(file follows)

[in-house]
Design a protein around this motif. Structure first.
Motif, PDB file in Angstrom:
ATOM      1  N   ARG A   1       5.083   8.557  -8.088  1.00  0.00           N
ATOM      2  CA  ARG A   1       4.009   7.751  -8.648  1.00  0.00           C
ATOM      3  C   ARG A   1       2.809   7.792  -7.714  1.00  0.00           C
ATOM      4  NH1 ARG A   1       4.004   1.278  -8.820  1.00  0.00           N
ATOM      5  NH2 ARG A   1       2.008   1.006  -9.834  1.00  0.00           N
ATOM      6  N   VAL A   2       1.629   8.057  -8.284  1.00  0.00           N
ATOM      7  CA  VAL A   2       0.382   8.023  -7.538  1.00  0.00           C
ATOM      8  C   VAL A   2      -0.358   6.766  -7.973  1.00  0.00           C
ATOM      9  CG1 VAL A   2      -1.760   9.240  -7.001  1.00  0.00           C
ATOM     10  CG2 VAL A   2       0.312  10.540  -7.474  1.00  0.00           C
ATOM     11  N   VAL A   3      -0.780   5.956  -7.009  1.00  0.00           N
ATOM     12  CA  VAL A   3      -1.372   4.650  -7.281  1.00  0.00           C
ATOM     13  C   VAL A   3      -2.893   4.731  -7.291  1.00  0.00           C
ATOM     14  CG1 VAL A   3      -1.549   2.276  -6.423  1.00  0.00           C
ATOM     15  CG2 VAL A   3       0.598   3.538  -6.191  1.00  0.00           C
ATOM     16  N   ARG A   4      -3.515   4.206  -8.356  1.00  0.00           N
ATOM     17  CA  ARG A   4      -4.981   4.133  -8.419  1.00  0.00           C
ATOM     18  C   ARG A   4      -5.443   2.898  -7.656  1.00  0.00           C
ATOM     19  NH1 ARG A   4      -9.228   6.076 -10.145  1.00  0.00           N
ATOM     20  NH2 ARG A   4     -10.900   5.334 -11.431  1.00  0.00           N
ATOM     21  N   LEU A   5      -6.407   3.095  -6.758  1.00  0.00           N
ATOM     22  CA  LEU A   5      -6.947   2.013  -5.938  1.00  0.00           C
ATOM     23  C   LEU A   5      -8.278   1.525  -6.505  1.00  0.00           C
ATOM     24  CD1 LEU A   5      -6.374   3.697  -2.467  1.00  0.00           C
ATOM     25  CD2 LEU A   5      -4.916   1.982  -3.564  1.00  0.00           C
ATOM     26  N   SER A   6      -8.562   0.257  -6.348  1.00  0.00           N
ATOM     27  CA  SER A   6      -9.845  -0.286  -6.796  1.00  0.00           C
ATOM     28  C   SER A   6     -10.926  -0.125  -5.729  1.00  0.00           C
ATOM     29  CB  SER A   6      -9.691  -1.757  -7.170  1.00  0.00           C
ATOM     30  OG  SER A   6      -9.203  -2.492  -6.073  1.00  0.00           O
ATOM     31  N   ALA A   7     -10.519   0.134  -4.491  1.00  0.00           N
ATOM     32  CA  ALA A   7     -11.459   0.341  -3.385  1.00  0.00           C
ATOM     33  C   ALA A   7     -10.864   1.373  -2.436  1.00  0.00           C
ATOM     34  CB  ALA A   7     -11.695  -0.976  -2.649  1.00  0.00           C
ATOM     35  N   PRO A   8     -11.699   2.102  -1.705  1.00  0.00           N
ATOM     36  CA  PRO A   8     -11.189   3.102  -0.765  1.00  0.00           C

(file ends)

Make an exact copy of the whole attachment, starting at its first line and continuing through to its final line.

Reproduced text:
[in-house]
Design a protein around this motif. Structure first.
Motif, PDB file in Angstrom:
ATOM      1  N   ARG A   1       5.083   8.557  -8.088  1.00  0.00           N
ATOM      2  CA  ARG A   1       4.009   7.751  -8.648  1.00  0.00           C
ATOM      3  C   ARG A   1       2.809   7.792  -7.714  1.00  0.00           C
ATOM      4  NH1 ARG A   1       4.004   1.278  -8.820  1.00  0.00           N
ATOM      5  NH2 ARG A   1       2.008   1.006  -9.834  1.00  0.00           N
ATOM      6  N   VAL A   2       1.629   8.057  -8.284  1.00  0.00           N
ATOM      7  CA  VAL A   2       0.382   8.023  -7.538  1.00  0.00           C
ATOM      8  C   VAL A   2      -0.358   6.766  -7.973  1.00  0.00           C
ATOM      9  CG1 VAL A   2      -1.760   9.240  -7.001  1.00  0.00           C
ATOM     10  CG2 VAL A   2       0.312  10.540  -7.474  1.00  0.00           C
ATOM     11  N   VAL A   3      -0.780   5.956  -7.009  1.00  0.00           N
ATOM     12  CA  VAL A   3      -1.372   4.650  -7.281  1.00  0.00           C
ATOM     13  C   VAL A   3      -2.893   4.731  -7.291  1.00  0.00           C
ATOM     14  CG1 VAL A   3      -1.549   2.276  -6.423  1.00  0.00           C
ATOM     15  CG2 VAL A   3       0.598   3.538  -6.191  1.00  0.00           C
ATOM     16  N   ARG A   4      -3.515   4.206  -8.356  1.00  0.00           N
ATOM     17  CA  ARG A   4      -4.981   4.133  -8.419  1.00  0.00           C
ATOM     18  C   ARG A   4      -5.443   2.898  -7.656  1.00  0.00           C
ATOM     19  NH1 ARG A   4      -9.228   6.076 -10.145  1.00  0.00           N
ATOM     20  NH2 ARG A   4     -10.900   5.334 -11.431  1.00  0.00           N
ATOM     21  N   LEU A   5      -6.407   3.095  -6.758  1.00  0.00           N
ATOM     22  CA  LEU A   5      -6.947   2.013  -5.938  1.00  0.00           C
ATOM     23  C   LEU A   5      -8.278   1.525  -6.505  1.00  0.00           C
ATOM     24  CD1 LEU A   5      -6.374   3.697  -2.467  1.00  0.00           C
ATOM     25  CD2 LEU A   5      -4.916   1.982  -3.564  1.00  0.00           C
ATOM     26  N   SER A   6      -8.562   0.257  -6.348  1.00  0.00           N
ATOM     27  CA  SER A   6      -9.845  -0.286  -6.796  1.00  0.00           C
ATOM     28  C   SER A   6     -10.926  -0.125  -5.729  1.00  0.00           C
ATOM     29  CB  SER A   6      -9.691  -1.757  -7.170  1.00  0.00           C
ATOM     30  OG  SER A   6      -9.203  -2.492  -6.073  1.00  0.00           O
ATOM     31  N   ALA A   7     -10.519   0.134  -4.491  1.00  0.00           N
ATOM     32  CA  ALA A   7     -11.459   0.341  -3.385  1.00  0.00           C
ATOM     33  C   ALA A   7     -10.864   1.373  -2.436  1.00  0.00           C
ATOM     34  CB  ALA A   7     -11.695  -0.976  -2.649  1.00  0.00           C
ATOM     35  N   PRO A   8     -11.699   2.102  -1.705  1.00  0.00           N
ATOM     36  CA  PRO A   8     -11.189   3.102  -0.765  1.00  0.00           C